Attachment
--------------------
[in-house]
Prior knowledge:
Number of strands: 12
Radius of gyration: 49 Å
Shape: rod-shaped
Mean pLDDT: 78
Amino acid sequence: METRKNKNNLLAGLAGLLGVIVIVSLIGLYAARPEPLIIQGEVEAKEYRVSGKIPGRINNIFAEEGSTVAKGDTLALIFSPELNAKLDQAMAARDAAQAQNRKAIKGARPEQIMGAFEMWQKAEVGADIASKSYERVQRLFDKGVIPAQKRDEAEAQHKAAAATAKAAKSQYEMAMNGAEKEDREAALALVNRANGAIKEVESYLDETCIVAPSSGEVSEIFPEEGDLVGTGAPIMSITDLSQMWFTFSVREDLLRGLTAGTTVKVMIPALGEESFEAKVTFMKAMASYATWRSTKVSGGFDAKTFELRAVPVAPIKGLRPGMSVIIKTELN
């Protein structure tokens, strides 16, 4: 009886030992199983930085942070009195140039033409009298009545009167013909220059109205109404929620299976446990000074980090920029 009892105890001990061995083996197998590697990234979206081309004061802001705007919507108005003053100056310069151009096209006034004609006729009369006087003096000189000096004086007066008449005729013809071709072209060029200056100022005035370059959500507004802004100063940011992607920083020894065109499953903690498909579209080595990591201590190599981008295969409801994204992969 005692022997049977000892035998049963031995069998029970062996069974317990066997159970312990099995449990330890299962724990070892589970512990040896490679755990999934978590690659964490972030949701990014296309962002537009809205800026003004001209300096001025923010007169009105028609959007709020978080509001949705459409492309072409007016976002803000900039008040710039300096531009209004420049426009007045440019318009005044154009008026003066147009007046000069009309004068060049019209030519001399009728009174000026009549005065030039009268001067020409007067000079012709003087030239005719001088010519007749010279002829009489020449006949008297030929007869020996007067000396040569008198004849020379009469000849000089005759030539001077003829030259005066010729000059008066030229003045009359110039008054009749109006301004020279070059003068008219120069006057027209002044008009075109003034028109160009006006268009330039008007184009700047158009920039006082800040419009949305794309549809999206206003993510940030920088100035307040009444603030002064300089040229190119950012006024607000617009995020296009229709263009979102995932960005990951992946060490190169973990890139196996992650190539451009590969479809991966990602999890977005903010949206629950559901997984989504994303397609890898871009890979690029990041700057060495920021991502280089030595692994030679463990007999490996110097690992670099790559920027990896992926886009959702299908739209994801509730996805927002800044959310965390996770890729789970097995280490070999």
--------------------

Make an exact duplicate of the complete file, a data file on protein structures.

[in-house]
Prior knowledge:
Number of strands: 12
Radius of gyration: 49 Å
Shape: rod-shaped
Mean pLDDT: 78
Amino acid sequence: METRKNKNNLLAGLAGLLGVIVIVSLIGLYAARPEPLIIQGEVEAKEYRVSGKIPGRINNIFAEEGSTVAKGDTLALIFSPELNAKLDQAMAARDAAQAQNRKAIKGARPEQIMGAFEMWQKAEVGADIASKSYERVQRLFDKGVIPAQKRDEAEAQHKAAAATAKAAKSQYEMAMNGAEKEDREAALALVNRANGAIKEVESYLDETCIVAPSSGEVSEIFPEEGDLVGTGAPIMSITDLSQMWFTFSVREDLLRGLTAGTTVKVMIPALGEESFEAKVTFMKAMASYATWRSTKVSGGFDAKTFELRAVPVAPIKGLRPGMSVIIKTELN
């Protein structure tokens, strides 16, 4: 009886030992199983930085942070009195140039033409009298009545009167013909220059109205109404929620299976446990000074980090920029 009892105890001990061995083996197998590697990234979206081309004061802001705007919507108005003053100056310069151009096209006034004609006729009369006087003096000189000096004086007066008449005729013809071709072209060029200056100022005035370059959500507004802004100063940011992607920083020894065109499953903690498909579209080595990591201590190599981008295969409801994204992969 005692022997049977000892035998049963031995069998029970062996069974317990066997159970312990099995449990330890299962724990070892589970512990040896490679755990999934978590690659964490972030949701990014296309962002537009809205800026003004001209300096001025923010007169009105028609959007709020978080509001949705459409492309072409007016976002803000900039008040710039300096531009209004420049426009007045440019318009005044154009008026003066147009007046000069009309004068060049019209030519001399009728009174000026009549005065030039009268001067020409007067000079012709003087030239005719001088010519007749010279002829009489020449006949008297030929007869020996007067000396040569008198004849020379009469000849000089005759030539001077003829030259005066010729000059008066030229003045009359110039008054009749109006301004020279070059003068008219120069006057027209002044008009075109003034028109160009006006268009330039008007184009700047158009920039006082800040419009949305794309549809999206206003993510940030920088100035307040009444603030002064300089040229190119950012006024607000617009995020296009229709263009979102995932960005990951992946060490190169973990890139196996992650190539451009590969479809991966990602999890977005903010949206629950559901997984989504994303397609890898871009890979690029990041700057060495920021991502280089030595692994030679463990007999490996110097690992670099790559920027990896992926886009959702299908739209994801509730996805927002800044959310965390996770890729789970097995280490070999």